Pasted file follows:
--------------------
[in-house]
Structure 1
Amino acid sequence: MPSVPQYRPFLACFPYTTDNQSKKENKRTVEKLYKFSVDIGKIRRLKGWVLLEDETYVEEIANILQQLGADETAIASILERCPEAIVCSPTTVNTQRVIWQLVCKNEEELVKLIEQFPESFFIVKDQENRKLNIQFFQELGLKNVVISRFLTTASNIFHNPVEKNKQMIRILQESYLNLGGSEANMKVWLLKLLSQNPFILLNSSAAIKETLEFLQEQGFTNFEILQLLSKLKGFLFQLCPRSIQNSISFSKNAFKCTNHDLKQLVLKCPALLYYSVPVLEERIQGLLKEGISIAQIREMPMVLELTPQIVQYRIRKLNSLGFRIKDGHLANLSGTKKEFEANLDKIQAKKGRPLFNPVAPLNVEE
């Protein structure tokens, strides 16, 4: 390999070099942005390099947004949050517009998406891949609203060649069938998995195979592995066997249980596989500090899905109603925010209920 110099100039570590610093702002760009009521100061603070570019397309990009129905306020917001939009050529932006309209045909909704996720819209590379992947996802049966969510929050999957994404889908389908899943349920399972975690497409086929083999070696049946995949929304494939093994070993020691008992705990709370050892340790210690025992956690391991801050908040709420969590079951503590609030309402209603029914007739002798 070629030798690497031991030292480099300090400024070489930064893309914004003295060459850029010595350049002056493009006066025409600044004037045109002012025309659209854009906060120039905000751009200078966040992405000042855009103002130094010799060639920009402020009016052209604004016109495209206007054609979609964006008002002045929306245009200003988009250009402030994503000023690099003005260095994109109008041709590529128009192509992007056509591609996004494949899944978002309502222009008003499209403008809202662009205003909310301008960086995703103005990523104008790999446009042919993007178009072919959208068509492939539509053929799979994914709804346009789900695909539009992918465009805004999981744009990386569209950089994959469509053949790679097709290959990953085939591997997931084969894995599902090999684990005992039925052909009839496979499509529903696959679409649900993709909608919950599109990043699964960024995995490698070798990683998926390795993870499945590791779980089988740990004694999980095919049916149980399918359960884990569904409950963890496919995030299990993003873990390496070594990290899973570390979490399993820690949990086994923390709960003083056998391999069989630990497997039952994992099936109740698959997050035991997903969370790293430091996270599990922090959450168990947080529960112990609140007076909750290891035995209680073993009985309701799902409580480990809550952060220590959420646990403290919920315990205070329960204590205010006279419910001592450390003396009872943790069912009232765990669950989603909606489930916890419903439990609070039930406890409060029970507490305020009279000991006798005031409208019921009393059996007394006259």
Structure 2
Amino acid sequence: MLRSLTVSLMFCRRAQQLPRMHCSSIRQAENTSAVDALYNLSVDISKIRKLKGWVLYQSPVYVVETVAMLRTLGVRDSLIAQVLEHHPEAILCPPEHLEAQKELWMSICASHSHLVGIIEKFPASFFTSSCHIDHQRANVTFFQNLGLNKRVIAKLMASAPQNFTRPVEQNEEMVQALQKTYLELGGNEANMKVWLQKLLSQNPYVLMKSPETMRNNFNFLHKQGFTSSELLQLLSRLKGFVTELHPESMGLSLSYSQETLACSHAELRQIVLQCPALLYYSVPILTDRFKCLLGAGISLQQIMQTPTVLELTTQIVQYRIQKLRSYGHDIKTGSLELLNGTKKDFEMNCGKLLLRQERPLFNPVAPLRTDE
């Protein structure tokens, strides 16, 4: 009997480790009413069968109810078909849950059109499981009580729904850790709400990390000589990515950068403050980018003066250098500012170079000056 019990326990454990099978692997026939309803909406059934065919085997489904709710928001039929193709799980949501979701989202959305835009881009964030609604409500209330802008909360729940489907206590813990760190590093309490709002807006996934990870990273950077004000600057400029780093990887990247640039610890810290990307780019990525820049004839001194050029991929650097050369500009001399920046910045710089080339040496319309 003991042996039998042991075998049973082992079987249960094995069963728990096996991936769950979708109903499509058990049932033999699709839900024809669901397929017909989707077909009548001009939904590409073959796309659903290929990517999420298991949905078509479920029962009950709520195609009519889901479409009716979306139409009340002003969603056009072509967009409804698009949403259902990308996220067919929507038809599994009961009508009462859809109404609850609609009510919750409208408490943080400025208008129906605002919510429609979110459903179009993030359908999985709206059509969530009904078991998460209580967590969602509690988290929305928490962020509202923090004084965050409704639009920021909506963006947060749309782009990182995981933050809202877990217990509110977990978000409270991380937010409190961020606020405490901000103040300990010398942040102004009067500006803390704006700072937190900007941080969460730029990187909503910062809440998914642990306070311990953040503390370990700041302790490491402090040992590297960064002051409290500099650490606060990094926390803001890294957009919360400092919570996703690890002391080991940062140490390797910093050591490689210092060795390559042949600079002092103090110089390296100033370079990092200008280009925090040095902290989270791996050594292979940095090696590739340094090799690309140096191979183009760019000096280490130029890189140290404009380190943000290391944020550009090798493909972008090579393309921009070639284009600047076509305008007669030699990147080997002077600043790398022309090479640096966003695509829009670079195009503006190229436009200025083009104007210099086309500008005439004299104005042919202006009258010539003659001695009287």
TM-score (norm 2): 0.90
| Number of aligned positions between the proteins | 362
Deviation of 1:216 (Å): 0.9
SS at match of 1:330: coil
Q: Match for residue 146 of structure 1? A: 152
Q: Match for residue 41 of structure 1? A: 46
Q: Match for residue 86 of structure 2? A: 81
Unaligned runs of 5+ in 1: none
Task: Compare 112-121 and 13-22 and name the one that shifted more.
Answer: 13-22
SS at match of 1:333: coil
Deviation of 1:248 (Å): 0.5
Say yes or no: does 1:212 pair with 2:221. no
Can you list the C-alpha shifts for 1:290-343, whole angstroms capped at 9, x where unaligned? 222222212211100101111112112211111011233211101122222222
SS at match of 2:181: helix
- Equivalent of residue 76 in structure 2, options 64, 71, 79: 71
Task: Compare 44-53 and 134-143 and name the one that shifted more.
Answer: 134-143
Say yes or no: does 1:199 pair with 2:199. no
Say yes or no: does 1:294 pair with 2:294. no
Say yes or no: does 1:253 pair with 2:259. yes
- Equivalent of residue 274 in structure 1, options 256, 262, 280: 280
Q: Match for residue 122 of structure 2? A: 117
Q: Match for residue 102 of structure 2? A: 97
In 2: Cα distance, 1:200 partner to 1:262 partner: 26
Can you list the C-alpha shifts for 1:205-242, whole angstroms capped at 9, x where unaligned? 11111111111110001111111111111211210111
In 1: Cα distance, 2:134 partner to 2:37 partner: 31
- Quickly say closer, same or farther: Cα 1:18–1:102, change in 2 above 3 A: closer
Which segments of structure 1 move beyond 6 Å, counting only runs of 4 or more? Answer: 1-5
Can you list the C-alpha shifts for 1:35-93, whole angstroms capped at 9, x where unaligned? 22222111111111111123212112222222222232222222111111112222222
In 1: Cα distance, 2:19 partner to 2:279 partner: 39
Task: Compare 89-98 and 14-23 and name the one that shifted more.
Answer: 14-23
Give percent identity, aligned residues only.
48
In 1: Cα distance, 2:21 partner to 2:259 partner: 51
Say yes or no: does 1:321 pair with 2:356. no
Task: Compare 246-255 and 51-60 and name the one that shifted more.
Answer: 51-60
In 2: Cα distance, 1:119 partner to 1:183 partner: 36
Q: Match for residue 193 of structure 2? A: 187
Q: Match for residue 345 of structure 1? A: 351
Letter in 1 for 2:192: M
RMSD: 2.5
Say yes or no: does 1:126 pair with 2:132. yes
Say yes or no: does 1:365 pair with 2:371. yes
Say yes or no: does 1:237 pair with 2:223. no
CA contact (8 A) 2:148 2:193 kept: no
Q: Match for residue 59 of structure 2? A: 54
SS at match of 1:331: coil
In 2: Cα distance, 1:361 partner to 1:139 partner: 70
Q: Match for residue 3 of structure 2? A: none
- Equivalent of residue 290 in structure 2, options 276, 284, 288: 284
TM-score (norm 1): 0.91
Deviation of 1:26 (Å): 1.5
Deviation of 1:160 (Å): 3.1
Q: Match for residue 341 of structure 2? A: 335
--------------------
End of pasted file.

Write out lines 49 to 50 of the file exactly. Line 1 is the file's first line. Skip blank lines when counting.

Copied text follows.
Q: Match for residue 345 of structure 1? A: 351
Letter in 1 for 2:192: M